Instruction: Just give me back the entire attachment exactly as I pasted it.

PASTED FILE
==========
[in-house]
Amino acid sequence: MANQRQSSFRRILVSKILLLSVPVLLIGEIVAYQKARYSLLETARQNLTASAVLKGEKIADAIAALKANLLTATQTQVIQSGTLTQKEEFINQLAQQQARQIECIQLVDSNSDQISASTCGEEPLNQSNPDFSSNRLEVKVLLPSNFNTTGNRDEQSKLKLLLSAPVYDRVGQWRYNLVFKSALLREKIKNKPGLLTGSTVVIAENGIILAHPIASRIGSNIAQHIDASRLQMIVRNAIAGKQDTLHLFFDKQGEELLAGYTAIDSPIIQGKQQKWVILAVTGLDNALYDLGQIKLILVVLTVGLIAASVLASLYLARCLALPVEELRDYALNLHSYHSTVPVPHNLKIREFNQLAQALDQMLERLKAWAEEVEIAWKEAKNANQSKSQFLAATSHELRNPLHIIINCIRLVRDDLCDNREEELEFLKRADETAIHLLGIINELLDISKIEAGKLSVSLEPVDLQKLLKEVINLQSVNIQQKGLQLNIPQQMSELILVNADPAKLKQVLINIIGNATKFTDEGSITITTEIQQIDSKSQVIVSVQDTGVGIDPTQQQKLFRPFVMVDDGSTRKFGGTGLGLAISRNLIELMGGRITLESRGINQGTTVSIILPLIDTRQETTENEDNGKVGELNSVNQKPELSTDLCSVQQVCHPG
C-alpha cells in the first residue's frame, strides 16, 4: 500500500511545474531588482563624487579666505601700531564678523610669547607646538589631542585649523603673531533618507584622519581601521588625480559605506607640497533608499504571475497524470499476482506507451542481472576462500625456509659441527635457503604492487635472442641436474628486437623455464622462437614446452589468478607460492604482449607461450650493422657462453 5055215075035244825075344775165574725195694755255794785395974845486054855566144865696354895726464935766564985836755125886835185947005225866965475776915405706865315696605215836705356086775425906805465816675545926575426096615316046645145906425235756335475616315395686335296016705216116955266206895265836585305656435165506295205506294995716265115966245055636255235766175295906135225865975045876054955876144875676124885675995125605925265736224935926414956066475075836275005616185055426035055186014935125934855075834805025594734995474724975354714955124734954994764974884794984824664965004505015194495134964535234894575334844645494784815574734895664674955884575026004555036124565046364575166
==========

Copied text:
[in-house]
Amino acid sequence: MANQRQSSFRRILVSKILLLSVPVLLIGEIVAYQKARYSLLETARQNLTASAVLKGEKIADAIAALKANLLTATQTQVIQSGTLTQKEEFINQLAQQQARQIECIQLVDSNSDQISASTCGEEPLNQSNPDFSSNRLEVKVLLPSNFNTTGNRDEQSKLKLLLSAPVYDRVGQWRYNLVFKSALLREKIKNKPGLLTGSTVVIAENGIILAHPIASRIGSNIAQHIDASRLQMIVRNAIAGKQDTLHLFFDKQGEELLAGYTAIDSPIIQGKQQKWVILAVTGLDNALYDLGQIKLILVVLTVGLIAASVLASLYLARCLALPVEELRDYALNLHSYHSTVPVPHNLKIREFNQLAQALDQMLERLKAWAEEVEIAWKEAKNANQSKSQFLAATSHELRNPLHIIINCIRLVRDDLCDNREEELEFLKRADETAIHLLGIINELLDISKIEAGKLSVSLEPVDLQKLLKEVINLQSVNIQQKGLQLNIPQQMSELILVNADPAKLKQVLINIIGNATKFTDEGSITITTEIQQIDSKSQVIVSVQDTGVGIDPTQQQKLFRPFVMVDDGSTRKFGGTGLGLAISRNLIELMGGRITLESRGINQGTTVSIILPLIDTRQETTENEDNGKVGELNSVNQKPELSTDLCSVQQVCHPG
C-alpha cells in the first residue's frame, strides 16, 4: 500500500511545474531588482563624487579666505601700531564678523610669547607646538589631542585649523603673531533618507584622519581601521588625480559605506607640497533608499504571475497524470499476482506507451542481472576462500625456509659441527635457503604492487635472442641436474628486437623455464622462437614446452589468478607460492604482449607461450650493422657462453 5055215075035244825075344775165574725195694755255794785395974845486054855566144865696354895726464935766564985836755125886835185947005225866965475776915405706865315696605215836705356086775425906805465816675545926575426096615316046645145906425235756335475616315395686335296016705216116955266206895265836585305656435165506295205506294995716265115966245055636255235766175295906135225865975045876054955876144875676124885675995125605925265736224935926414956066475075836275005616185055426035055186014935125934855075834805025594734995474724975354714955124734954994764974884794984824664965004505015194495134964535234894575334844645494784815574734895664674955884575026004555036124565046364575166